Person video calling on an Android phone
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Apple’s FaceTime video calling application is perhaps one of the company’s most-used features. It lets people with iPhones, iPads, and Macs make easy video calls to one another. But is a FaceTime app available for Android? No, but you can participate in calls. We’ll explain.

In 2021, with the announcement of iOS 15, iPadOS 15, and macOS 12 Monterey, Apple opened FaceTime video calls up to Android, Windows, and other operating systems. Although Apple did not release dedicated apps for these platforms, it did allow them to join FaceTime calls.

To start a call, someone with an iPhone, iPad, or Mac will need to open the FaceTime app, tap the “Create Link” button, and share it with you on your Android device. You can then join the call and participate in the FaceTime call. Our guide on FaceTime for Android can walk you through the full process.

However, if you are looking for a more solid video conferencing service that can be started by either party, there are several great video calling alternatives that do work on Android.

A word of advice. If you happen to search the Google Play Store for FaceTime and find apps with “FaceTime” in their names, you should know that they are not official apps, and do not support Apple FaceTime. At best, you might be able to make video calls with them, but at worst you’ll find yourself installing some sketchy app, or even malware.

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Instead of trying your luck with those apps, there are some solid video calling apps available for Android. No, they don’t let you connect with Facetime users. But, you can use them to make video calls to people using iPhones, Android phones, and even other platforms. They just have to have the same app installed on their device.

  • Zoom: If there is one go-to video calling service for both work and home, it’s Zoom. It’s not the most polished application, but there’s a high chance that at least one person in each household has used it for school, work, or communicating with others. Zoom is available for Windows, Mac, Android, iPhone, iPad, and Linux.
  • Google Duo: Google Duo is available for AndroidiPhone, iPad, and through a web browser on Windows, Mac, Chromebooks, and Linux. It supports one-to-one and group video calls, and you can make them over Wi-Fi or cellular data connections. Google Duo also offers a couple of neat features. Knock Knock lets you see the video of the person who’s calling you, even before you answer the call. You can also leave a video message (much like a voicemail) when someone can’t answer your call.
  • Google Meet: Although aimed primarily at paid Google Workspace users, Google Meet is a great group video conferencing service. It does offer some user-friendly features such as virtual backgrounds. Google Meet is available through web browsers on Windows, Mac, Chromebooks, and Linux, and there are apps for Android, iPhone, and iPad.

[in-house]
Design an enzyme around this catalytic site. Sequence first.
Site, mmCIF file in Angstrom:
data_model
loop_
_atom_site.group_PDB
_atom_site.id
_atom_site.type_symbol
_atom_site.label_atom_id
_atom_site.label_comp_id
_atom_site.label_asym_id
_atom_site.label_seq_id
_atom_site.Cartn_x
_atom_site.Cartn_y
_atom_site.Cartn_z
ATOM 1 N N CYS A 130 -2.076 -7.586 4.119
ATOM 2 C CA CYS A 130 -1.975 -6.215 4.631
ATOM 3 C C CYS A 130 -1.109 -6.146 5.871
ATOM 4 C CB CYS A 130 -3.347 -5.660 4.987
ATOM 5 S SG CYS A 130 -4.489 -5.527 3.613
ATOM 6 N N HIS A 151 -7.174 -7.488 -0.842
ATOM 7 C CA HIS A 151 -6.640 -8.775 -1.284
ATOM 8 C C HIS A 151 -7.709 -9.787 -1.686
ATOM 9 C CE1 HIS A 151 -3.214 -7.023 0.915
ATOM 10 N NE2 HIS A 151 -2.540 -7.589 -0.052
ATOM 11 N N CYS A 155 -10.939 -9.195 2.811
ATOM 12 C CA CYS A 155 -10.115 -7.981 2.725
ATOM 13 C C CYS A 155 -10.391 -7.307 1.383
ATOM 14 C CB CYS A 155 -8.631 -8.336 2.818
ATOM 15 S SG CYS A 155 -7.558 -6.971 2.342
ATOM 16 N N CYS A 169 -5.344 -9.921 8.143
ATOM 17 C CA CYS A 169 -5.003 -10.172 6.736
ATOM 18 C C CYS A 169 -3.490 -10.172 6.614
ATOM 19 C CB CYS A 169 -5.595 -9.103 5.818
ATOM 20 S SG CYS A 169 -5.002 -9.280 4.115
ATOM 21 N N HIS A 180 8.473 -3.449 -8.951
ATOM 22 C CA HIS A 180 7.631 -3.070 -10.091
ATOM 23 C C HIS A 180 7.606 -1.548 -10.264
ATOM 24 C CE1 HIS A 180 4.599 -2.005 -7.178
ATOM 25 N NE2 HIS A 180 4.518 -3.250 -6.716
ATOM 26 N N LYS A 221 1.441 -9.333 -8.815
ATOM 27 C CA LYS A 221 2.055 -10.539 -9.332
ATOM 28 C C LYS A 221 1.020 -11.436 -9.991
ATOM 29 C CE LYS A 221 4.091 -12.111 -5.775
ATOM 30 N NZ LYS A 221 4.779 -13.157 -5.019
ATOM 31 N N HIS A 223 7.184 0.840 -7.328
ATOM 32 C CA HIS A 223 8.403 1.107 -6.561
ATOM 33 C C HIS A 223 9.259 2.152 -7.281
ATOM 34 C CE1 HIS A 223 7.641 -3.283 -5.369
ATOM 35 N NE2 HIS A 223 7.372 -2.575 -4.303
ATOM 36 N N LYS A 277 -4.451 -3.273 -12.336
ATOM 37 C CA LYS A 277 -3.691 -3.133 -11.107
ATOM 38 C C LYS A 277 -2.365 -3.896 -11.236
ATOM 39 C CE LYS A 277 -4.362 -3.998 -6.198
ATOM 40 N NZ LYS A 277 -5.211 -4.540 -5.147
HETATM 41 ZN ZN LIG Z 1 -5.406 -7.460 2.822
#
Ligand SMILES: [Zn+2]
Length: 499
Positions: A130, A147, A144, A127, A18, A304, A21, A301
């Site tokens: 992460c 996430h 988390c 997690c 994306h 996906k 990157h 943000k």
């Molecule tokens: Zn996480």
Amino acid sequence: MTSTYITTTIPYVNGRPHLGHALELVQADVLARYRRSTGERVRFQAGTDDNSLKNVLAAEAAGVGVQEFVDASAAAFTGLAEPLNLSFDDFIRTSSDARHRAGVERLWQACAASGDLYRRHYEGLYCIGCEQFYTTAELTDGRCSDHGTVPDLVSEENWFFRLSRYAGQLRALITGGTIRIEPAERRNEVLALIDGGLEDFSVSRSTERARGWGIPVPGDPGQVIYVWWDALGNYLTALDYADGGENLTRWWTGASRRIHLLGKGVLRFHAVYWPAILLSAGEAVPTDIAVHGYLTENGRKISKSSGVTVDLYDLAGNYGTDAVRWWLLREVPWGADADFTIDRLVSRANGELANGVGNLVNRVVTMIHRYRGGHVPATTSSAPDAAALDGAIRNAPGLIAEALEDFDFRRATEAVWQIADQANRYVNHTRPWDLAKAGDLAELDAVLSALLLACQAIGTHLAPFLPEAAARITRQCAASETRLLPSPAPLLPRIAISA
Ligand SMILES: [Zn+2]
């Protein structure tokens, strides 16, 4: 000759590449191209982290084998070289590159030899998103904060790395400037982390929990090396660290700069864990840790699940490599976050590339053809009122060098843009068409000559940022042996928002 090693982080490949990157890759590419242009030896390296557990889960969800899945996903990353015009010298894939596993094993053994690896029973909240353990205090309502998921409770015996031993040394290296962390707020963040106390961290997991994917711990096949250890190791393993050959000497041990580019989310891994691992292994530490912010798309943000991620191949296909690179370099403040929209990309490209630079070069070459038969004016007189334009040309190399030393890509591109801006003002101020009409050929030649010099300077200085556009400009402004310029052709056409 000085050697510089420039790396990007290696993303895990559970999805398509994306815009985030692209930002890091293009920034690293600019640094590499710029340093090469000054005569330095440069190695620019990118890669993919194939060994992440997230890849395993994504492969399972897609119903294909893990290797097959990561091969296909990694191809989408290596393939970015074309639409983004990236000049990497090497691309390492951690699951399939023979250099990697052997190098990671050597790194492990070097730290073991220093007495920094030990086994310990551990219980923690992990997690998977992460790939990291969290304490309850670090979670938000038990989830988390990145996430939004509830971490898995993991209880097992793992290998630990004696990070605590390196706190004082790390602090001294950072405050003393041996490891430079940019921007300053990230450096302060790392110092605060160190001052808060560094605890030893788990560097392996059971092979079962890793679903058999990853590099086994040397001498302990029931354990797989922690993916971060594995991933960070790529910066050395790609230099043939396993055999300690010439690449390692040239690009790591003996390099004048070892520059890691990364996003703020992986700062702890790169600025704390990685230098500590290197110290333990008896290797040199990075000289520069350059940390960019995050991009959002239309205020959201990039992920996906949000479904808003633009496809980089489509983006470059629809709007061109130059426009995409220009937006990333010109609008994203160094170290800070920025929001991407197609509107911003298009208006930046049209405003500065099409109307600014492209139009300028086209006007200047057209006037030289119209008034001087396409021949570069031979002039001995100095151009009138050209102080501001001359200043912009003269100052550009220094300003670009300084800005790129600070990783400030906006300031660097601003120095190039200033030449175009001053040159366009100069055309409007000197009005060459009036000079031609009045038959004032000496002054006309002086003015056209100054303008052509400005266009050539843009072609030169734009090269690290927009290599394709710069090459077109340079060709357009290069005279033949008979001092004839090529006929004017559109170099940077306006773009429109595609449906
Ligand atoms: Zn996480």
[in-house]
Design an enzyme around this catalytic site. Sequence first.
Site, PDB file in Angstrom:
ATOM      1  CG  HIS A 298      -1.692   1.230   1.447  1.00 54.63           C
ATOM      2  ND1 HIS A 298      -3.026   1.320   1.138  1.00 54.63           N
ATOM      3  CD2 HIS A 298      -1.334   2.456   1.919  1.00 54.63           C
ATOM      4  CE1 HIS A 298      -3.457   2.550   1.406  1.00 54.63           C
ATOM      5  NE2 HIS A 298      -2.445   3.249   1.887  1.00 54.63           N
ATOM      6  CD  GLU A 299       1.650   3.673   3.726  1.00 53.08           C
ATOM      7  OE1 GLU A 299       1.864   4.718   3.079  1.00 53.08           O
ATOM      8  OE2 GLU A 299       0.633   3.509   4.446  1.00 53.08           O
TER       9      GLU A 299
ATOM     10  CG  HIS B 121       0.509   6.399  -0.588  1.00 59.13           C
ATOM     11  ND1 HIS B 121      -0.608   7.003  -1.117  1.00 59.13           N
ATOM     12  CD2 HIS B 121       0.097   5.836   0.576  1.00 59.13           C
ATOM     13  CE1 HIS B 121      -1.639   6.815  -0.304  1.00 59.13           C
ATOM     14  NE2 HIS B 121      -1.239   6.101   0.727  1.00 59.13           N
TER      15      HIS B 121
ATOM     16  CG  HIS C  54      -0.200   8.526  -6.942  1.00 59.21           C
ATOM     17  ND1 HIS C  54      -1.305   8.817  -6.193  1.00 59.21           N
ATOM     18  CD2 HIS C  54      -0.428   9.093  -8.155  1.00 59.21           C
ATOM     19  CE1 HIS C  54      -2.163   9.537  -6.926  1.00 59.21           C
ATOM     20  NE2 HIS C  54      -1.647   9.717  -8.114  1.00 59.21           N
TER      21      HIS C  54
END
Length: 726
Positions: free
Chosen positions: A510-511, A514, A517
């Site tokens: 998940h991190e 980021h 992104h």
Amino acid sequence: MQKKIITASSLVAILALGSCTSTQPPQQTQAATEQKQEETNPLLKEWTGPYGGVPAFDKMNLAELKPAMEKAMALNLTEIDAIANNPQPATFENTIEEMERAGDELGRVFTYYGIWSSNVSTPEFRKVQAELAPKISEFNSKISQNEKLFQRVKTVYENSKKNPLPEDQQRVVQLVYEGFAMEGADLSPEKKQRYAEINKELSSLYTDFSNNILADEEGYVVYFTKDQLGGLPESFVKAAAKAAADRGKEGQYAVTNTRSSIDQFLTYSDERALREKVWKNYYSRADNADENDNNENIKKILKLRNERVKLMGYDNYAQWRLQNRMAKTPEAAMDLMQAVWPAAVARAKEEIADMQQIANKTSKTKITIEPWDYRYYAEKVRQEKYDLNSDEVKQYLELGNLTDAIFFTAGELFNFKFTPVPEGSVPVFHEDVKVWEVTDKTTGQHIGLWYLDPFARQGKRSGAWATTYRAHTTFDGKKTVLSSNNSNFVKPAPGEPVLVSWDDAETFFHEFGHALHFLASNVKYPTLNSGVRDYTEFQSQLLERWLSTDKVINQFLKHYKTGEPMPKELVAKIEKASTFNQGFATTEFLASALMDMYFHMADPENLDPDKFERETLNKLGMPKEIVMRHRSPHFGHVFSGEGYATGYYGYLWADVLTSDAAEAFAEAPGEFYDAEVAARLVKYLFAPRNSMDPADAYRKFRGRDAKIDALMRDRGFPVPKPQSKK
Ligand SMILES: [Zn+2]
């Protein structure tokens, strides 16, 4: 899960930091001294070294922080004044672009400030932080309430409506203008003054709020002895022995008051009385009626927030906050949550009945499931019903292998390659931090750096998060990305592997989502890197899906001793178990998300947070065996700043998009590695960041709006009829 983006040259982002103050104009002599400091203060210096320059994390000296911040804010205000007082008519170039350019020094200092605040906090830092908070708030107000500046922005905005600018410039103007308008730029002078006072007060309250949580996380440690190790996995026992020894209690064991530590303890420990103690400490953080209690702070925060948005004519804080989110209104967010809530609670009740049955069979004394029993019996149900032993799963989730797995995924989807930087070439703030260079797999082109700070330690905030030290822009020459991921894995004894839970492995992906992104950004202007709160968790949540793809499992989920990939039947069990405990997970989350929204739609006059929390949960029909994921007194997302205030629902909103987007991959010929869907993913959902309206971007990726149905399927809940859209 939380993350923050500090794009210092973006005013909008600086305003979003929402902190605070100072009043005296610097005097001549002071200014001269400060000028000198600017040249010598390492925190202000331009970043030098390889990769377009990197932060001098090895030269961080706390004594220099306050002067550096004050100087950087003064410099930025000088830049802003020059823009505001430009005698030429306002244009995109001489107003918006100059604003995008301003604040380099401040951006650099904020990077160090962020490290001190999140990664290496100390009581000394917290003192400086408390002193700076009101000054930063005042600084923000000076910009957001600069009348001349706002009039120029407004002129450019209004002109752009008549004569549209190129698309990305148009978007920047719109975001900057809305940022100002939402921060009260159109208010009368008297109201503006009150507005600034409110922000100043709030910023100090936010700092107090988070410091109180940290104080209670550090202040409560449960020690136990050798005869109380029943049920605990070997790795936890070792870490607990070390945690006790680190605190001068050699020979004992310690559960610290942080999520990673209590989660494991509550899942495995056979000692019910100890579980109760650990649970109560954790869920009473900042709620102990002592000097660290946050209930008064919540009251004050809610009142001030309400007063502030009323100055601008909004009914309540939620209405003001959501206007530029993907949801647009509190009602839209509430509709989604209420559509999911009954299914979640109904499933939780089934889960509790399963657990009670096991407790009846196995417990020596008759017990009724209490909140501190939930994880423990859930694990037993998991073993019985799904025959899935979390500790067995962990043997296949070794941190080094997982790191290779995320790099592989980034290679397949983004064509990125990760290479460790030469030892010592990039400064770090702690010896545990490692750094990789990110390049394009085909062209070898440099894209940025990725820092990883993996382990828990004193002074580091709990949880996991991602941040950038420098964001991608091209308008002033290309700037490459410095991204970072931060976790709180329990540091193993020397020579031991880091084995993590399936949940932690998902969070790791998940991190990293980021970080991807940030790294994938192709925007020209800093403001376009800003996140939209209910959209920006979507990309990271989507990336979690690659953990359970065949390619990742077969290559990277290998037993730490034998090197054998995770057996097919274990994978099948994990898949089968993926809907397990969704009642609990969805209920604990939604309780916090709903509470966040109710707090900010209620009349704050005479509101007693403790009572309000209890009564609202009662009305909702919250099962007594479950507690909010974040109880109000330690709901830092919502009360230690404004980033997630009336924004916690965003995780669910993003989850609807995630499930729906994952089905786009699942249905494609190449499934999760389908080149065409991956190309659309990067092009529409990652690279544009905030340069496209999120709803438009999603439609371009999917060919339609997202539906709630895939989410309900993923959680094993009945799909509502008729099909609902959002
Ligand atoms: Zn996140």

• Facebook Messenger: Did you know that you can make video calls using Facebook Messenger? You can, and you can use the feature on pretty much any operating system. There are dedicated Messenger apps for iPhone, iPad, and Android, but you can also use Messenger right in your desktop web browser to make video calls from Windows, Mac, or Linux.
  • WhatsApp: Facebook-owned WhatsApp isn’t incredibly popular stateside, but it’s one of the most-used messaging apps globally. If you’re looking for an all-in-one messaging service for texting, audio calls, and video calls, this should be your family’s top pick. WhatsApp is available for Android, iPhone, iPad, Windows, Mac, and the web.
  • Skype: Owned by Microsoft, Skype was one of the first video call apps to become mainstream. Since then, it’s only gotten better. Skype is available for Windows, Mac, iPhoneiPad, Linux, and Android.
  • Viber: Viber is a feature-rich app that you can use for video calls and a variety of other purposes. It has millions of users worldwide and is available for a variety of platforms like iPhone, iPadAndroid, Windows, Mac, and Linux.

And yes, you’ll need to take the extra step of making sure that the people you want to call have the right app installed. But once that’s done, you’ll be able to place video calls to just about anybody, no matter what platform they use.

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Profile Photo for Justin Duino Justin Duino
Justin Duino is the Reviews Director at How-To Geek (and LifeSavvy Media as a whole). He has spent the last decade writing about Android, smartphones, and other mobile technology. In addition to his written work, he has also been a regular guest commentator on CBS News and BBC World News and Radio to discuss current events in the technology industry.
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